Eating to Feel Good
By: Jen McWaters, Psy.D. | February 3, 2017
Three times a day we get to choose what we want to eat to quiet our hunger. Science has progressed the ability to measure the impact of these choices on our bodies. Recently, research has uncovered fascinating links between diet and our moods.
Integrative treatments for mental health have gained traction, particularly in the newer field of nutritional psychiatry, an emerging area of practice and research that considers the impact of diet on mental health. How we feed our brains is an important part of the bigger holistic picture of how we achieve and sustain good mental health.
Important studies across the globe have focused on the importance of a “healthy” diet in achieving better brain and emotional health. What follows are some ideas about implementing these suggestions in small ways. Please consider your individual health needs in implementing them and consider consulting a nutritional professional to ensure you are getting your specific nutritional needs met. If you have struggled with undereating, overeating, or another eating disorder, consulting a nutritionist can guide you in making these changes in medically healthy and balanced ways. Nutrition is just one factor of many that contributes to our emotional resilience and well-being.
Not surprisingly, a diet high in processed foods such as pizza, soda, chips, and refined sugars has been linked to negative cognitive and mood outcomes including poor memory, poor concentration, and increased risk of depression or anxiety. One study showed that pregnant women who ate such processed foods were more likely to have children with behavioral and emotional issues such as aggression, inattention, and mood dysregulation including meltdowns and tantrums. Other studies showed children, teens, and adults who consistently consumed such unhealthy diets tended to report more mood issues including higher levels of anxiety, sadness, and depression.
Why might this be? Researchers have found a connection between the nutrients we consume and our body’s ability to produce mood-boosting neurochemicals such as serotonin as well as an ability to fight off stress. In fact, about 95% of our body’s serotonin supply is produced in our digestive system! A healthy diet was also shown to protect against cognitive decline and dementia, such as Alzheimer’s.
Making food lifestyle changes can feel daunting. Here are some practical ways to begin experimenting with food to positively impact your body and mood:
- Be aware of how you feel after eating certain foods. Become attuned to your body’s nutritional needs and identify foods that negatively impact your feelings. For example, do you feel fatigued or mentally foggy? Keep a food log to help track your body’s responses to certain foods.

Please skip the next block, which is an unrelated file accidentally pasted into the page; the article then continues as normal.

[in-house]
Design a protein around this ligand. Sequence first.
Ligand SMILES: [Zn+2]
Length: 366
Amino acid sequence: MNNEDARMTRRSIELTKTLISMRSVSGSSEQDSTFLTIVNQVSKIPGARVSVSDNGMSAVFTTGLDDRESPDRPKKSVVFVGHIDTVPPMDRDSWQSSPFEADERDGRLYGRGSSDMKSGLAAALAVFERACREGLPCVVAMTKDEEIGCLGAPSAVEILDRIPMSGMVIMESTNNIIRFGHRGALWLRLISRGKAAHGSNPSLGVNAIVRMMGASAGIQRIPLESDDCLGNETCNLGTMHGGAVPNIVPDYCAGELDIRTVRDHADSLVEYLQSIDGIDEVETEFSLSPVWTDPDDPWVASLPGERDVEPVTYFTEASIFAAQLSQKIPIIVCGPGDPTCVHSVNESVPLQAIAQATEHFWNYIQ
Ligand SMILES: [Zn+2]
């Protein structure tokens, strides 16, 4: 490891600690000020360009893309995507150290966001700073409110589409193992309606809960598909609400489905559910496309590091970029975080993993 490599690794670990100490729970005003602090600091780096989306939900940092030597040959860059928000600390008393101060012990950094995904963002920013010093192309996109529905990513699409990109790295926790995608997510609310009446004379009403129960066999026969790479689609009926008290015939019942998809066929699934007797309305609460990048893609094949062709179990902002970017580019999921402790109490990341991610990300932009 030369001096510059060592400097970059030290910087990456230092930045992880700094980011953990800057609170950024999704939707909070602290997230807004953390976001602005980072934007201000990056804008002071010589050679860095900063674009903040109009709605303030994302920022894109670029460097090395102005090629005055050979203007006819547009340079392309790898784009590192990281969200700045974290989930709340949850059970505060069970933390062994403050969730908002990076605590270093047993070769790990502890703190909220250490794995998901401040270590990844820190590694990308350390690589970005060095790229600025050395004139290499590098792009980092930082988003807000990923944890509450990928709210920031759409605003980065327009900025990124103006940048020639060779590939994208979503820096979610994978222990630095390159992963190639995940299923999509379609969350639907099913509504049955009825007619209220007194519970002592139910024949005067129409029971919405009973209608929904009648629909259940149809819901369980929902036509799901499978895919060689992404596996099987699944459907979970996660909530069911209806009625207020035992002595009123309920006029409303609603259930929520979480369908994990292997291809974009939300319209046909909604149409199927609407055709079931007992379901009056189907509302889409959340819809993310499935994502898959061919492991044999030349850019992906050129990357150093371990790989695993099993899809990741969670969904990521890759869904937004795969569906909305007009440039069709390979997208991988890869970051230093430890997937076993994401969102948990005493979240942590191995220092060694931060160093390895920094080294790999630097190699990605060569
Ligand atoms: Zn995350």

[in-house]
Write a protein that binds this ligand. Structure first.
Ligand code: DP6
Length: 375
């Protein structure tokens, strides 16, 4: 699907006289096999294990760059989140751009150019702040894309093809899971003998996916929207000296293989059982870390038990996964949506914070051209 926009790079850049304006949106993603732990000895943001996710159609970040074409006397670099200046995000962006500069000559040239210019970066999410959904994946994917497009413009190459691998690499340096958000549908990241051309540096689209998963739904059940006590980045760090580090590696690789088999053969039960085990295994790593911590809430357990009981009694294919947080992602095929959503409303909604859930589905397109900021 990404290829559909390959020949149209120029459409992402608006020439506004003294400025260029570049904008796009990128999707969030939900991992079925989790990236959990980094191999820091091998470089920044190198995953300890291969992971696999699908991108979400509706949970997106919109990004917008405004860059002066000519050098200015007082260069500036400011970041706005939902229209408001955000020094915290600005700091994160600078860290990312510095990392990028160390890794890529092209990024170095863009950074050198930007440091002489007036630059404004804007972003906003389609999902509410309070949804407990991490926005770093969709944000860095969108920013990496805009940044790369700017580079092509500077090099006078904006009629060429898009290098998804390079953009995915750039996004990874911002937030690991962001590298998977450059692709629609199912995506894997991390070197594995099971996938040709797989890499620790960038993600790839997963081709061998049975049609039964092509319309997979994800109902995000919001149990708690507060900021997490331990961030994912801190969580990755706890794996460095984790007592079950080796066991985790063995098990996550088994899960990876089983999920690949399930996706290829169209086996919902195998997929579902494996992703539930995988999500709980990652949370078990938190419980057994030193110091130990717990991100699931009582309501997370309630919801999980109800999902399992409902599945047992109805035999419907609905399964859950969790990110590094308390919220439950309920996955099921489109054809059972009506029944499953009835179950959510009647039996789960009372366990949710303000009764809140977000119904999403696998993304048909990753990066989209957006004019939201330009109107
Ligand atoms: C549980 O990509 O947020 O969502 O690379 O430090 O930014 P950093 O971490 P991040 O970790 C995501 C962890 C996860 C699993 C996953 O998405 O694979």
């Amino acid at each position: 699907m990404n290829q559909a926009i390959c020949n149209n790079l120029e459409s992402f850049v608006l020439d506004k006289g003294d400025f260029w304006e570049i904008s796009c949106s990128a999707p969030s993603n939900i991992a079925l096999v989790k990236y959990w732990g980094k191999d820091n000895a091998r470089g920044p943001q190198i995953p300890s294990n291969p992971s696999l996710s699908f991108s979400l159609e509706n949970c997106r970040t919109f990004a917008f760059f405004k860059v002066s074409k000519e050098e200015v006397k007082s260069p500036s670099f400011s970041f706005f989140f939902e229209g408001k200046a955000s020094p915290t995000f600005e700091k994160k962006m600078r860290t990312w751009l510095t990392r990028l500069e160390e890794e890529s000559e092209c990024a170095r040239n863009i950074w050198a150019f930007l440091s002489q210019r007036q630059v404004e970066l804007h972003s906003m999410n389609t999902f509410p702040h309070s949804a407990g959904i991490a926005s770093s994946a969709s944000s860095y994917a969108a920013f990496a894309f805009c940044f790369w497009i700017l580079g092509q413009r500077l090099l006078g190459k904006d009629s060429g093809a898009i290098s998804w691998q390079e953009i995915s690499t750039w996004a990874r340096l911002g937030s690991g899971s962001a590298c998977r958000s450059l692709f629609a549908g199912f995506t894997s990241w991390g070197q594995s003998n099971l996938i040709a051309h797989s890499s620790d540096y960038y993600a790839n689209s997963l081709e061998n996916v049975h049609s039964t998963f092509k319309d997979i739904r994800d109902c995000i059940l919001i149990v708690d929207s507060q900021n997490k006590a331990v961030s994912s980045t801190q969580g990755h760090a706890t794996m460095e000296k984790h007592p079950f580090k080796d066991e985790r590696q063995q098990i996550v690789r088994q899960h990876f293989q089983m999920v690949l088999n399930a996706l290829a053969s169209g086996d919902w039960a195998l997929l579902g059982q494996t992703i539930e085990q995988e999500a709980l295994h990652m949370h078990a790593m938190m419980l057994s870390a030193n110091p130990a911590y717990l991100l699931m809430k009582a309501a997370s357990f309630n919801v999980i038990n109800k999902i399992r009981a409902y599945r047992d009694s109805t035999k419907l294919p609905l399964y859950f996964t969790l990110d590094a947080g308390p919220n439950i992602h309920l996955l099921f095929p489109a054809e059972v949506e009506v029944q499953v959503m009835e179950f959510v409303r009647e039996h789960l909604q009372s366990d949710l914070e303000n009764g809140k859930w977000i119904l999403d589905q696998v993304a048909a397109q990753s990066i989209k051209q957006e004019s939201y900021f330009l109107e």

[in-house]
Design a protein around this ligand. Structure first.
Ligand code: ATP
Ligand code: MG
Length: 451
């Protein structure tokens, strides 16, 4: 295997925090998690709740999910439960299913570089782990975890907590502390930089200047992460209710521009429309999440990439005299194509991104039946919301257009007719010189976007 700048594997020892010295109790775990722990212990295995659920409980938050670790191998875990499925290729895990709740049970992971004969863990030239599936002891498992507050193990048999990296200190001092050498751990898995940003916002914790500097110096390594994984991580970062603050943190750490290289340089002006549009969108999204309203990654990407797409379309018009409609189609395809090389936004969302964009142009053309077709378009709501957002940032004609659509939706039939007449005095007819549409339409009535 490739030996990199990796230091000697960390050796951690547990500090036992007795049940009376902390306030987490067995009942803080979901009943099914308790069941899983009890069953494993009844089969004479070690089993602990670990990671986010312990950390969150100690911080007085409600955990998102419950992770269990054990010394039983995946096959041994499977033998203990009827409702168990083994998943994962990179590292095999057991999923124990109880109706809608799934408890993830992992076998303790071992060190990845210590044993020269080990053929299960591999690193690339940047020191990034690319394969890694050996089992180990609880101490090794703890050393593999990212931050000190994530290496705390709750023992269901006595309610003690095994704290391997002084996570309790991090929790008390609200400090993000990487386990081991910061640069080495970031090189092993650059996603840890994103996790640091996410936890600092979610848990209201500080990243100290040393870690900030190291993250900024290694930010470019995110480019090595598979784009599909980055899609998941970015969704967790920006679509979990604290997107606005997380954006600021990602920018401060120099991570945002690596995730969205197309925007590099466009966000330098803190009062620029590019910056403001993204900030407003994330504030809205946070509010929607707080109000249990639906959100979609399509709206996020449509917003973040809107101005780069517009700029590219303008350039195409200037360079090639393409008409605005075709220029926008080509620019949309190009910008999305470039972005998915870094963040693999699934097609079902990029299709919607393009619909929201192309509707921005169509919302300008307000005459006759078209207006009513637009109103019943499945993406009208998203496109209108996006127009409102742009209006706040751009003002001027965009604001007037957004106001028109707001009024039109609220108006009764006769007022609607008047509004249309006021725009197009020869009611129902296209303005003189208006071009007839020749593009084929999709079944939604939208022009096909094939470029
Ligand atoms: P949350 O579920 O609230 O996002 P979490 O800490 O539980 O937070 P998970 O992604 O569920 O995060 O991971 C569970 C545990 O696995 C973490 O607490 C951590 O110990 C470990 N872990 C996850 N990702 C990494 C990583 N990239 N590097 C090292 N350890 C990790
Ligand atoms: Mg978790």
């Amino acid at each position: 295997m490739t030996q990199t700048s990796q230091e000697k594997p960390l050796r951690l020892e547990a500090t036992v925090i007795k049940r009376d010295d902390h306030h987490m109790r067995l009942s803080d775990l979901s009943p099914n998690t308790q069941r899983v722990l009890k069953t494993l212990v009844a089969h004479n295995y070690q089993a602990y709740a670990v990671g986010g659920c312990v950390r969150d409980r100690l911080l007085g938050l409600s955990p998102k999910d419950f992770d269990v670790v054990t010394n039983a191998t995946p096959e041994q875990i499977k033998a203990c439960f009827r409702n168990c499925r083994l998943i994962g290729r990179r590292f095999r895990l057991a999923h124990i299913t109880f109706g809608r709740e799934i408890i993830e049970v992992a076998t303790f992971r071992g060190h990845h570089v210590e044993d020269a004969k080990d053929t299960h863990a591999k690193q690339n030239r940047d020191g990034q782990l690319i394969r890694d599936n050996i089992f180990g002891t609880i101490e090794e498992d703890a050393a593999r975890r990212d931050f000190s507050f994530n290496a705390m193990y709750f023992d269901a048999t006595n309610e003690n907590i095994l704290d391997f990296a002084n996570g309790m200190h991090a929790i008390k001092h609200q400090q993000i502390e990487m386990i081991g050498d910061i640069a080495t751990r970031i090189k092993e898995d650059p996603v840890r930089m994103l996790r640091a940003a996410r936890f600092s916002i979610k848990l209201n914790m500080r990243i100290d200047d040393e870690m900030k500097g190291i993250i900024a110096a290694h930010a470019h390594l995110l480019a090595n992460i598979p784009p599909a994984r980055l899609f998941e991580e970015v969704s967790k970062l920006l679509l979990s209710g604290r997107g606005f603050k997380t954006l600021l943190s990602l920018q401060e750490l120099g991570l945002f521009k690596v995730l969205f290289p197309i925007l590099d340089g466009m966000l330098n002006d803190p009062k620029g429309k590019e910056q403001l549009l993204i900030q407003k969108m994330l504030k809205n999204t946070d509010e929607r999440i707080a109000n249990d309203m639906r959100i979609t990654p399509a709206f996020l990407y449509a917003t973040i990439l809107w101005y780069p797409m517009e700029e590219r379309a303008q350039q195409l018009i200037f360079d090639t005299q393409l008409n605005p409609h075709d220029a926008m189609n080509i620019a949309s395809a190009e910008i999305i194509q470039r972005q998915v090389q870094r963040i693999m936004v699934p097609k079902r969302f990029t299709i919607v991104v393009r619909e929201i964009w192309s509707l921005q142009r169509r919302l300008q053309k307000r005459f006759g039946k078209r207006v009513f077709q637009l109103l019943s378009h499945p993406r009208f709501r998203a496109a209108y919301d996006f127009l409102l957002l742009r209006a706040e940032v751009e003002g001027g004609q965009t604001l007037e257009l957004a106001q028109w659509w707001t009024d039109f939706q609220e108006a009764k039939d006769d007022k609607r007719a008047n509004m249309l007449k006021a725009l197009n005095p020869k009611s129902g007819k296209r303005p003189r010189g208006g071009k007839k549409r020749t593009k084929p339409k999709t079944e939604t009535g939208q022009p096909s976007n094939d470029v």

- Trade out some favorite processed foods with healthier options. For example, try baking rather than frying potatoes, eating dark rather than milk or white chocolate. Use oil and vinegar as salad dressing instead of a processed one.
- Pay attention to foods that contain processed sugars and starches. Red flags are foods with long ingredients lists or difficult-to-pronounce ingredients on the label.
- An effective way to cut down on processed sugar is to eliminate soda. Stay hydrated by drinking water or tea.
- Having a piece of cake at a party is not necessarily detrimental. It is the cumulative effect of eating nutrient-deficient foods consistently that is detrimental. Ensure that the majority of your diet consists of foods providing your body with effective fuel.
- Typically, snack foods are processed foods. A goal is to consume more whole foods — unprocessed foods that are in or close to their natural forms. Rather than eating chips or granola bars, consider snacking on nuts, fruits, or veggies. Try making homemade dips such as hummus or guacamole. They are easy to make.
- Consider attending a cooking class or finding new healthy recipes to try at home. Getting connected with the process of preparing food by hand can encourage a new appreciation and interest in whole-food eating.
In summary, your body and brain do not have the building blocks needed to produce feel-good chemicals, process effectively, or fight off stress when you consume nutrient-deficient foods. So, what is the solution? Eating a whole-food nutrient-rich diet that emphasizes vegetables, leafy greens, nuts, fruits, unprocessed whole-grains, seafood, small amounts of lean meats and dairy provides your body and brain with the fuel it needs.
For more details and links to articles, check out: Nutritional psychiatry: Your brain on food
 Steenweg-de Graaff et. al. (2014). Maternal dietary patterns during pregnancy and child internalising and externalising problems. The Generation R Study. Clinical Nutrition, 33(1), 115-21.
Image: Craig Allen on flickr and reproduced under Creative Commons 2.0